Recently, Dawn Comstock, associate professor of epidemiology at the Colorado School of Public Health, presented some important findings in a pilot study of the strength of athletics and injury. The data collection took place during the 2010-2011 and 2011-2012 academic years. Athletic trainers collected measurements of head circumference, neck circumference, neck length, and four measurements of neck strength. The strength measurements were extension, flexion, and right and left lateral flexion of 6,704 athletes nationwide. The three sports chosen to examine were boys’ and girls’ soccer, lacrosse and basketball. Measurements were taken before the start of the season and during the season. The athletic trainers reported injury data which included the incidence of concussion for each athlete.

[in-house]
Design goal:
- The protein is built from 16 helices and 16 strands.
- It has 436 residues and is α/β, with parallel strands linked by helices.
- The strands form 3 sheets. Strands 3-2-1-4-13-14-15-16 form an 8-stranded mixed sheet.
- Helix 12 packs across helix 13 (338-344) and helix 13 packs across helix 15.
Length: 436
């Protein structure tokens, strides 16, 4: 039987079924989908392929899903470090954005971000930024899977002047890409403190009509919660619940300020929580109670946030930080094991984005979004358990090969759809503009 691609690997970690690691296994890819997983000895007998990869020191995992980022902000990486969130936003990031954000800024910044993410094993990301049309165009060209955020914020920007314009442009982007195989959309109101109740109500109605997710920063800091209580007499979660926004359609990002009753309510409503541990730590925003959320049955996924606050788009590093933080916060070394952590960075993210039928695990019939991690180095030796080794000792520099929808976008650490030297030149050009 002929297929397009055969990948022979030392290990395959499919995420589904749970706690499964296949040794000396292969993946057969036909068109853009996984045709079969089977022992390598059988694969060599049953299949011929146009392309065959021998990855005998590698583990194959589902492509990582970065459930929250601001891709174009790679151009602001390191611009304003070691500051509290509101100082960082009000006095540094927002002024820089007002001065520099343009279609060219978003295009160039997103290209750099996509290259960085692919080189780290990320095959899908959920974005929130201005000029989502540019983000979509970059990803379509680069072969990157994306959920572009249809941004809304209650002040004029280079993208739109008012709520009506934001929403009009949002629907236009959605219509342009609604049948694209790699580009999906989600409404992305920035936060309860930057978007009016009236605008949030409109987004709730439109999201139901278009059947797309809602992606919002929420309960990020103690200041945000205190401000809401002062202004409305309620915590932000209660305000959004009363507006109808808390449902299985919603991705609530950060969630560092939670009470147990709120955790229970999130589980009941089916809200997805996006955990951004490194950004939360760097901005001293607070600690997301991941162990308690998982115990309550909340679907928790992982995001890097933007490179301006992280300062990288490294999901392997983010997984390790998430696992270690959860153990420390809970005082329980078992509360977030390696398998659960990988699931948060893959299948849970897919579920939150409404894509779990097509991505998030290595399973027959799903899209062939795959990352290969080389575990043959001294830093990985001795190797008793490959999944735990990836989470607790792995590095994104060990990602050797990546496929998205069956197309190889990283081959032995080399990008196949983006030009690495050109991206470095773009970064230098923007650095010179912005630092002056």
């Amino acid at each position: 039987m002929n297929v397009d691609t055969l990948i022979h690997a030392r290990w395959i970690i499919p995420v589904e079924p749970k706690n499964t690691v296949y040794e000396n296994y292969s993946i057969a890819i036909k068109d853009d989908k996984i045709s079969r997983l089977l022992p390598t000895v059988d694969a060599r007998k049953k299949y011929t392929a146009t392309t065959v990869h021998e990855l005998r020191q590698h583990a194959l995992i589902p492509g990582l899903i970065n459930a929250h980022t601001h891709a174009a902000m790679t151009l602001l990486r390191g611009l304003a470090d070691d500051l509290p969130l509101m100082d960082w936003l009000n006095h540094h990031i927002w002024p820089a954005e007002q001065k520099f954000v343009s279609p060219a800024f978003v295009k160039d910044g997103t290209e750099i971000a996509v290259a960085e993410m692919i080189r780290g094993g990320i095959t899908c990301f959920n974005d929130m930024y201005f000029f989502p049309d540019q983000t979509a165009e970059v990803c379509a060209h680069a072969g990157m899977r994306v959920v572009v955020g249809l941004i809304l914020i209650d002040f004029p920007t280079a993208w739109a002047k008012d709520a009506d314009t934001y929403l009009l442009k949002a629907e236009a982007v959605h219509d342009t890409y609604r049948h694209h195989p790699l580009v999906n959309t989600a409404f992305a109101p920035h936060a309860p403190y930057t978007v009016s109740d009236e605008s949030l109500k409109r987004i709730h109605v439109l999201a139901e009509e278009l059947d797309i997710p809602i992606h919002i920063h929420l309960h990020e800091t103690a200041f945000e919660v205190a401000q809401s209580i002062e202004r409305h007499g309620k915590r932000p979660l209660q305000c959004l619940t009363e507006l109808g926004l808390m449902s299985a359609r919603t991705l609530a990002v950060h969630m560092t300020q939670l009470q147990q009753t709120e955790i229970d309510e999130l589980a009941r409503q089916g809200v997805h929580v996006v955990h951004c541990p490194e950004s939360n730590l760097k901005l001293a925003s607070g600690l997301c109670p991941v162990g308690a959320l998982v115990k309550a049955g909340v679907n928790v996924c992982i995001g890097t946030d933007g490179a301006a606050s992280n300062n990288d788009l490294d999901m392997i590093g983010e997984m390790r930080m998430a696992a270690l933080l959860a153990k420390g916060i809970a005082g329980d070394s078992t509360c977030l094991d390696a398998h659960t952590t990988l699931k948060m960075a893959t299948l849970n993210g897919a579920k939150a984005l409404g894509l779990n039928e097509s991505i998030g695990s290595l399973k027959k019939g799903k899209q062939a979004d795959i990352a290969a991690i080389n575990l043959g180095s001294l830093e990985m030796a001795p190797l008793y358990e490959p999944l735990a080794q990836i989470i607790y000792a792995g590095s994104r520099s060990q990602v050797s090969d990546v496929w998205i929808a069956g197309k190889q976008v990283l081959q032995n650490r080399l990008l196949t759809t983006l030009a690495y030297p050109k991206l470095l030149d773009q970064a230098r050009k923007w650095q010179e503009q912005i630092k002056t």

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After adjusting for gender and sport, overall neck strength remained a statistically significant predictor of concussion. For every one pound increase in neck strength, odds of concussion fell by 5%.

 “We focus so much on how to properly diagnose concussions,” Comstock says. “That’s obviously important, but preventing concussions is a much better outcome. We’re not saying that you won’t get a concussion if your neck is stronger. But the data shows that neck strengthening has strong potential as a key concussion prevention tool.” 

It is important to Get Strong.


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